Building a Great Team is Hard

At the core of any startup are the people. The founder(s) and whoever they bring on as employees are the lifeblood of that business. When a company is small, but growing, building a great team is a priority.

The challenge of building a great team confronts all startup companies. Small businesses must demand a high level of return on their investment (employees), whereas large corporate or bureaucratic organizations can afford to have a handful of employees who do close to nothing. At a small company though, this could potentially be deadly.

This is not to suggest that one employee should be so valuable that if they were to leave, the organization would collapse. (Think of the hit buy a bus theory). Rather, if one employee does not share the same passion and alignment with the company goals that others in the organization do, it could potentially cause negative effects.

Bringing together 5, 10, or even 15 people to operate, grow and expand a small company is no easy task. This is something I am learning first-hand at MarketSmart.

Sam Altman recently published his Startup Playbook. The second section of his guidelines for startup companies talks about building a great team. It is important.

I am learning first-hand at MarketSmart what it takes to build a great team. A so-so team will not build a great company. It takes a united group of people to create something special.

How to hire

Hiring must be treated as a numbers game, it simply must. Think of a sales funnel. At the top you have hundreds of prospects, at the bottom you have a five signed contracts. At every step of the funnel you refine your prospects, leaving you with your most promising sales leads.

Hiring at small companies should employ this same tactic. The consequences of not talking to enough candidates is deceivingly expensive and disruptive.

At MarketSmart I have worked closely with our CEO to develop our Careers micro-site. On the site there is a short 10 question survey for all interested applicants. Questions attempt to make the applicant think, a noble cause in a world of “click-to-submit” job postings.

This survey serves a dual purpose for MarketSmart and the candidate. One, it weeds out candidates who obviously are not interested in MarketSmart. Two it allows us (the company) to spend more time talking to people who genuinely are interested in us.

For the candidates it has the same effect. Candidates will “opt out” and simply not apply if they are intimidated by the survey, or vice versa, candidates will relish at the opportunity to express themselves and share their interest.

The more I interview, phone screen, and watch the hiring process play out, the more I think of it as dating. Dating is not easy, hiring is not easy.

Be honest and transparent

If you are trying to build a great team you should probably be honest with your employees. That extends to potential employees as well.

When interviewing candidates I like to ask them about their most recent previous work experience. What did they like? What did they dislike? Why did they leave or get relieved? Etc.

I am young and naive, but I find it interesting the number of people that mention being lied to by their previous employer.

I doubt these organizations flat-out lied to these people – I simply can’t imagine that. What I suspect is that these companies “misspoke” during the hiring process. They needed you (the candidate), and were willing to tell you what you wanted to hear to make sure you took the job. Then, three months down the line when you were unhappy you went back on the job hunt and ultimately left.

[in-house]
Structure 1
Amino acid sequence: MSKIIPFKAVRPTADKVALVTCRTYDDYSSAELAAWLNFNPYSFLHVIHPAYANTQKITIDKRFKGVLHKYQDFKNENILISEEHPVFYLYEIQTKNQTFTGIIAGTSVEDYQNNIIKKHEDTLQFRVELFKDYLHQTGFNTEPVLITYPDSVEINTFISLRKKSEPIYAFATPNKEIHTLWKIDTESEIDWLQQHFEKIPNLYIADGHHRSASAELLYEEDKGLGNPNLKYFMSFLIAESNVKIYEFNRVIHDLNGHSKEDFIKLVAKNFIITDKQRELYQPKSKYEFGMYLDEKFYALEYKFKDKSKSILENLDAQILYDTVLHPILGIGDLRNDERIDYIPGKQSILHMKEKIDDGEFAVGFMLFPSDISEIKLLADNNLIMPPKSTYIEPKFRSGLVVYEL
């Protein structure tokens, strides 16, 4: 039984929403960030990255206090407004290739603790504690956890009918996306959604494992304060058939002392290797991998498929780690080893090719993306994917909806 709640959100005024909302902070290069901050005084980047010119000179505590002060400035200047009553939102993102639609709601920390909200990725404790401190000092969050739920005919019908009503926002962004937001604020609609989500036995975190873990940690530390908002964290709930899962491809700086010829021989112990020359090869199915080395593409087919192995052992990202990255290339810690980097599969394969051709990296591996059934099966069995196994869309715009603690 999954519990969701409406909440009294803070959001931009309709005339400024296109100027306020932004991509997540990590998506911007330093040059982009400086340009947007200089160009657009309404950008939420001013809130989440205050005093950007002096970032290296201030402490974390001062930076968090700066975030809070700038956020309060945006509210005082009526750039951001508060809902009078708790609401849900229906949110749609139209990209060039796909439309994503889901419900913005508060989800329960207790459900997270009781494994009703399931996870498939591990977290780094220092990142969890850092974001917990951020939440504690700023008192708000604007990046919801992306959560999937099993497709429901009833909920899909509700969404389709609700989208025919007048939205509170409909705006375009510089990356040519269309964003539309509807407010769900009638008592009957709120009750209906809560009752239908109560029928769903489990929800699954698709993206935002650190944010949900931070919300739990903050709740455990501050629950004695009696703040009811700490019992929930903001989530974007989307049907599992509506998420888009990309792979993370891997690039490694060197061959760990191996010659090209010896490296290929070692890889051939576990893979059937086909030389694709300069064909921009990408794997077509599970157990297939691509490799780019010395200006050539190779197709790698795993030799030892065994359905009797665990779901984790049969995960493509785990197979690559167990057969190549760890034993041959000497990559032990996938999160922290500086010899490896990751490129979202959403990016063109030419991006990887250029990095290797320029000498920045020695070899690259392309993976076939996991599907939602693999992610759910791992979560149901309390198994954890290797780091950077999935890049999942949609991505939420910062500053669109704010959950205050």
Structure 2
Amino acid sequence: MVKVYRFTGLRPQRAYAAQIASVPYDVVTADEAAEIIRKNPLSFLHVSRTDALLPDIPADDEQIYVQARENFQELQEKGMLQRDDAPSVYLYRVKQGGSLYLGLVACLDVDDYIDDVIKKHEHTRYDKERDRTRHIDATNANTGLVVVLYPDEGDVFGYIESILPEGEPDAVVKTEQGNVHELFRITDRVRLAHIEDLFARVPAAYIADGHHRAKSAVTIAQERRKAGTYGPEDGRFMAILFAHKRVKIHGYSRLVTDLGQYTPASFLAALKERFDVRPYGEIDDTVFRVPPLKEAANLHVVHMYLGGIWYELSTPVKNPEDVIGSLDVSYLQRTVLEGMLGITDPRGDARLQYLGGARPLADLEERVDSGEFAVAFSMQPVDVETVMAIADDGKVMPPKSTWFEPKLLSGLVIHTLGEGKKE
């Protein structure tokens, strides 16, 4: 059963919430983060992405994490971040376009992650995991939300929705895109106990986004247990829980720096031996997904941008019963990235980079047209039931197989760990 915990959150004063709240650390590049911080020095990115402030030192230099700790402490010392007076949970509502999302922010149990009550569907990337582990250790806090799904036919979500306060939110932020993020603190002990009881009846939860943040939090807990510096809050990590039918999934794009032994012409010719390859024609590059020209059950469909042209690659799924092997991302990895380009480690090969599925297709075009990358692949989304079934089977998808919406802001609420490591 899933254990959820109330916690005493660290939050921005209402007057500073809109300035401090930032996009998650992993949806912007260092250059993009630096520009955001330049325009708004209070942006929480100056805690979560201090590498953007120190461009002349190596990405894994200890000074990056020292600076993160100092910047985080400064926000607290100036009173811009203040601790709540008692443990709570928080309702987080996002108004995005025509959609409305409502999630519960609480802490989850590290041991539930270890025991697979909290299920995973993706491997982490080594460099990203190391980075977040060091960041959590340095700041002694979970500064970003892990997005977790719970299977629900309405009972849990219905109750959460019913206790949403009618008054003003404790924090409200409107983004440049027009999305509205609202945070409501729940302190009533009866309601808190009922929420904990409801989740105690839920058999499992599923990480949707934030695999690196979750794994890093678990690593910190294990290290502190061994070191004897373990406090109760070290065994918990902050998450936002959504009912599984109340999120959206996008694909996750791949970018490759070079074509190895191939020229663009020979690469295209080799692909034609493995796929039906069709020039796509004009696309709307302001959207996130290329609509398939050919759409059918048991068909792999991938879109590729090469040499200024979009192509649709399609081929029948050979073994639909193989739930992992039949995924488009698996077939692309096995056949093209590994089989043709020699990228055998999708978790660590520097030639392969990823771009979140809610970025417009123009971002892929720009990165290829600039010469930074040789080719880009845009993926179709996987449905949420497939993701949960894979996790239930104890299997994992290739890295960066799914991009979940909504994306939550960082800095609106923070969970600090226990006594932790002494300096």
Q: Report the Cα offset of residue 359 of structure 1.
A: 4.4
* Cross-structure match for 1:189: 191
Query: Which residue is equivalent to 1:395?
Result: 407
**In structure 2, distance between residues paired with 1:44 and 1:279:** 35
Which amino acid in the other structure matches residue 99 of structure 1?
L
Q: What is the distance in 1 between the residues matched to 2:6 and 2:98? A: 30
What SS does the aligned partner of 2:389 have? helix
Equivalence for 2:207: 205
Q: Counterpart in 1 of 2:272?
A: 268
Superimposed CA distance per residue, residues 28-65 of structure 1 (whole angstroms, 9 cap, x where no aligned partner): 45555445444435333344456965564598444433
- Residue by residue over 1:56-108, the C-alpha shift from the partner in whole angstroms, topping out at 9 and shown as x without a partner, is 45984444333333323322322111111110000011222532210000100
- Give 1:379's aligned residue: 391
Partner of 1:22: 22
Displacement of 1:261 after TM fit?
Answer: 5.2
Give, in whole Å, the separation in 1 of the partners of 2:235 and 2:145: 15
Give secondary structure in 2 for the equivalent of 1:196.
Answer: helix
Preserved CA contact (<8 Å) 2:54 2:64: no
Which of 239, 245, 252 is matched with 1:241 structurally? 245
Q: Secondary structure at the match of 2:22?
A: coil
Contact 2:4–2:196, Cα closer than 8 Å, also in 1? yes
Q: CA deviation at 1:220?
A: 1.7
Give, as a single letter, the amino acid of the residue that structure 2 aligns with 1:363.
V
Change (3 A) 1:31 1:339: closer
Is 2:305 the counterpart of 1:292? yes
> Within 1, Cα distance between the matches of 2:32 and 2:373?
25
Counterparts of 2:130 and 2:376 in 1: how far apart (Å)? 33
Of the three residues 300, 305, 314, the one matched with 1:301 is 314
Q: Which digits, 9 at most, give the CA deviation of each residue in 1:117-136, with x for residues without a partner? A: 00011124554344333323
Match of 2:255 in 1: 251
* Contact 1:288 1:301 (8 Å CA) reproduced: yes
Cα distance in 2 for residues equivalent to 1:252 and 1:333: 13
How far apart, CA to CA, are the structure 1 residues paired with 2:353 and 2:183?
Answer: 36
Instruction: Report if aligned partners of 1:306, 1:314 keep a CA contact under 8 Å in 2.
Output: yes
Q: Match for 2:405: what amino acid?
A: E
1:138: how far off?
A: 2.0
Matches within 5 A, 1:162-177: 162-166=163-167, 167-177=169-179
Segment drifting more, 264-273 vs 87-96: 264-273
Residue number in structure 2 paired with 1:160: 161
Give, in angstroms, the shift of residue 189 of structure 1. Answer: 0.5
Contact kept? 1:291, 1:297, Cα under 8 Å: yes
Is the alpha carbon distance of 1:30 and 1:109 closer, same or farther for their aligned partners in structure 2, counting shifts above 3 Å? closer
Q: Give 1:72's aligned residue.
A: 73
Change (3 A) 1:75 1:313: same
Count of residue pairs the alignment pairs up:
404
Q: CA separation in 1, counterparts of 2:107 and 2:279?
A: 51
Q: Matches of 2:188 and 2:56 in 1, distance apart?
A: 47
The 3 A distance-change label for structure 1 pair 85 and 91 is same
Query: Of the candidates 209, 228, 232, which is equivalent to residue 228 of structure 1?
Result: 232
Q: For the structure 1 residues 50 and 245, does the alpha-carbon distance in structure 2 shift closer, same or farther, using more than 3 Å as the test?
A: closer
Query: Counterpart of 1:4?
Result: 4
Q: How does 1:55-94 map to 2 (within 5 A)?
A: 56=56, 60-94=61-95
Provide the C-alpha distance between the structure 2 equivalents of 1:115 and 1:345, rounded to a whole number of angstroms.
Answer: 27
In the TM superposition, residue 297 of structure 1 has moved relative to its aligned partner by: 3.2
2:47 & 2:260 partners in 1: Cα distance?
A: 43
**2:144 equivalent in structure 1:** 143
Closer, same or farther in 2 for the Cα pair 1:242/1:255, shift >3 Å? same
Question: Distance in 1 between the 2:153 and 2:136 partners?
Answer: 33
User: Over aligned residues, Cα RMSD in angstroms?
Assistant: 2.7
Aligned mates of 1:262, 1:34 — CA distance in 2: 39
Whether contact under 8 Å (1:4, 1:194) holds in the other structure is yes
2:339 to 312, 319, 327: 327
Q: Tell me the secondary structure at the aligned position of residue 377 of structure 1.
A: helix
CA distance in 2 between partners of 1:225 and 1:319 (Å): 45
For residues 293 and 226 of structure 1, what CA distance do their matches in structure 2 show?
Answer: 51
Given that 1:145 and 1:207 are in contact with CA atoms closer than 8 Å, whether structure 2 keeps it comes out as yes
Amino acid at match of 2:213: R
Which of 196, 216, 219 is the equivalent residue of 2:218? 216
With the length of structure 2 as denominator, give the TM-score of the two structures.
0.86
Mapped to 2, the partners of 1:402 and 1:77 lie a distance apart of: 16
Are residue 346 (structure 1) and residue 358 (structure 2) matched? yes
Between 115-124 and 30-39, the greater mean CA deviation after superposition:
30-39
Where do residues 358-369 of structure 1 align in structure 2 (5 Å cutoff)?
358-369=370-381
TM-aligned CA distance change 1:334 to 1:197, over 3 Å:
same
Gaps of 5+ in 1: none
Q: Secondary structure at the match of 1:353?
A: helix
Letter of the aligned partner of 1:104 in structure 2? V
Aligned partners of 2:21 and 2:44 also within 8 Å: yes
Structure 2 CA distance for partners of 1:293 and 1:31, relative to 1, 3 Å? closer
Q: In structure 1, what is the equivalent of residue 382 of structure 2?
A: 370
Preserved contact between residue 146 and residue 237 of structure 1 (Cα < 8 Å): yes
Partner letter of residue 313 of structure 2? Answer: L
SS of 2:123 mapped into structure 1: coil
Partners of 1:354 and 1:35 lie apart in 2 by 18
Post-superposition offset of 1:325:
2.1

That is my suspicion, and from talking with candidates that is the story I have heard.

So, when building a great team how can you avoid this? How can you avoid “misspeaking” during the interview process? At a small company one employee may very well wear many hats which makes outlining a specific positions roles and responsibilities difficult.

One surefire way to avoid lying to candidates is to create a timeline. At MarketSmart we explain that the roles and responsibilities you are taking on can vary day to day, month to month. What I do during an interview is layout a twelve month timeline to help the candidate understand what role they would be filling now, and what role they could potentially be in then.

I am honest, candid and forthright. Some people I talk to find this refreshing, others are intimidated by the lack rigidity in the plan.

By being honest, open and transparent with potential candidates I am helping MarketSmart find the best fit. Building a great team is difficult, but being honest helps.

Look for character

Sam Altman wrote in his Startup Playbook:

Good founders have a number of seemingly contradictory traits. One important example is rigidity and flexibility. You want to have strong beliefs about the core of the company and its mission, but still be very flexible and willing to learn new things when it comes to almost everything else.

The same idea that he touches on applies to all employees of the organization. Good employees have strong character and contradictory traits.

Traits are differentiated from skills. Skills can be learned, traits are more innate.

At a startup company candidates who are willing to learn and of high character will be of more long term value than a similar candidate who has high technical ability but a limited desire to grow in the organization. When a team is small, 15 people are less, you need a core group of individuals who have traits that align with the company’s mission.

As the company does space will open up for other individuals who are simply “looking for a job”.

Building a great team is hard. It is necessary. And, it is fun.

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About the author

I'm Zach Shefska, welcome to my personal website. I'm currently working on CarEdge. I like to travel, write, and make pottery.